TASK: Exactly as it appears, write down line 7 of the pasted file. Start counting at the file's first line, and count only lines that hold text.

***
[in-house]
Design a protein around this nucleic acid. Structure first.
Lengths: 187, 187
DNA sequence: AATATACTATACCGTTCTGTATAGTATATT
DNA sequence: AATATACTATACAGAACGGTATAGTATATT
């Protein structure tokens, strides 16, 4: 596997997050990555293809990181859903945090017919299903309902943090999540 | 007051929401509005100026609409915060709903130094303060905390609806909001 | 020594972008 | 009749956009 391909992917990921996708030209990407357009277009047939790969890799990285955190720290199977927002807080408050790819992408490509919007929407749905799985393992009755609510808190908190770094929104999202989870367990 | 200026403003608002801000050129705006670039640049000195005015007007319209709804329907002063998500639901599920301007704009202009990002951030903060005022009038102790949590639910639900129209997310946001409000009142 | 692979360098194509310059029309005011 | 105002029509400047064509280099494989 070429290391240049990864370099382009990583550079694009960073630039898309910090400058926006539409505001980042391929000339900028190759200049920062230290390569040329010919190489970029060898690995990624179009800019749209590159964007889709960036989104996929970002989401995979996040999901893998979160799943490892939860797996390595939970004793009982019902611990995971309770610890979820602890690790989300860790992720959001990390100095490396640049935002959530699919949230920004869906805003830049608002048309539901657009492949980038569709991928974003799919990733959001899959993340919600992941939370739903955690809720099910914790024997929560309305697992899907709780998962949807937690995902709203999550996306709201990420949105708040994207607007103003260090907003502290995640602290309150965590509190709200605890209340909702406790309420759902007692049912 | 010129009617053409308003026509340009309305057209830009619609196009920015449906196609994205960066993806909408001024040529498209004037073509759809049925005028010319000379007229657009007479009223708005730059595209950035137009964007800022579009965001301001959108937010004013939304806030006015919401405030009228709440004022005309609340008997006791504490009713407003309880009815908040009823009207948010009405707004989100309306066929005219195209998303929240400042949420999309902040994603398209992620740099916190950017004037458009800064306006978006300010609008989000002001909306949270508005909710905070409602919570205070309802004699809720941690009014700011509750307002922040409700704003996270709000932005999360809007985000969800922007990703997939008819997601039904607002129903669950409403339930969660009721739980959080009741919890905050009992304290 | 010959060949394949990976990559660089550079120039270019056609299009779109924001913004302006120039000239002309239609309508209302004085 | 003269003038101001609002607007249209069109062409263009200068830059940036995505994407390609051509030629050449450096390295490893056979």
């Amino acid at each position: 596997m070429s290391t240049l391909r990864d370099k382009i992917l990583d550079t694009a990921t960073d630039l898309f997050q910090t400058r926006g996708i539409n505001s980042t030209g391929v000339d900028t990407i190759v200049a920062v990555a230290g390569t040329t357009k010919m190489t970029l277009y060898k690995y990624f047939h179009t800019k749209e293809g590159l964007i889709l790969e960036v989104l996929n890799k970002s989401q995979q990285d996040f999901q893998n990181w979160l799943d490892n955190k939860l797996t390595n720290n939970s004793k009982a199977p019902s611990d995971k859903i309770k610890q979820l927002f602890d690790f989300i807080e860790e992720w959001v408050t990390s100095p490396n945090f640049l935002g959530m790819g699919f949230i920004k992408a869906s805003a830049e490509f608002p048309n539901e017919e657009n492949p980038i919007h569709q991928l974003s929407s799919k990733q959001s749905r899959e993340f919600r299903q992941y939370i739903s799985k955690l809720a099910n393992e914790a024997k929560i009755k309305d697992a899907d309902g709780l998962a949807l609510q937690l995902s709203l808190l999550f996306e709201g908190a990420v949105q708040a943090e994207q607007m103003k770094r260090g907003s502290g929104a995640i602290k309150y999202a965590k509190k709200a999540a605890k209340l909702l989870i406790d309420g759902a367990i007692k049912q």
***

């Amino acid at each position: 596997m070429s290391t240049l391909r990864d370099k382009i992917l990583d550079t694009a990921t960073d630039l898309f997050q910090t400058r926006g996708i539409n505001s980042t030209g391929v000339d900028t990407i190759v200049a920062v990555a230290g390569t040329t357009k010919m190489t970029l277009y060898k690995y990624f047939h179009t800019k749209e293809g590159l964007i889709l790969e960036v989104l996929n890799k970002s989401q995979q990285d996040f999901q893998n990181w979160l799943d490892n955190k939860l797996t390595n720290n939970s004793k009982a199977p019902s611990d995971k859903i309770k610890q979820l927002f602890d690790f989300i807080e860790e992720w959001v408050t990390s100095p490396n945090f640049l935002g959530m790819g699919f949230i920004k992408a869906s805003a830049e490509f608002p048309n539901e017919e657009n492949p980038i919007h569709q991928l974003s929407s799919k990733q959001s749905r899959e993340f919600r299903q992941y939370i739903s799985k955690l809720a099910n393992e914790a024997k929560i009755k309305d697992a899907d309902g709780l998962a949807l609510q937690l995902s709203l808190l999550f996306e709201g908190a990420v949105q708040a943090e994207q607007m103003k770094r260090g907003s502290g929104a995640i602290k309150y999202a965590k509190k709200a999540a605890k209340l909702l989870i406790d309420g759902a367990i007692k049912q």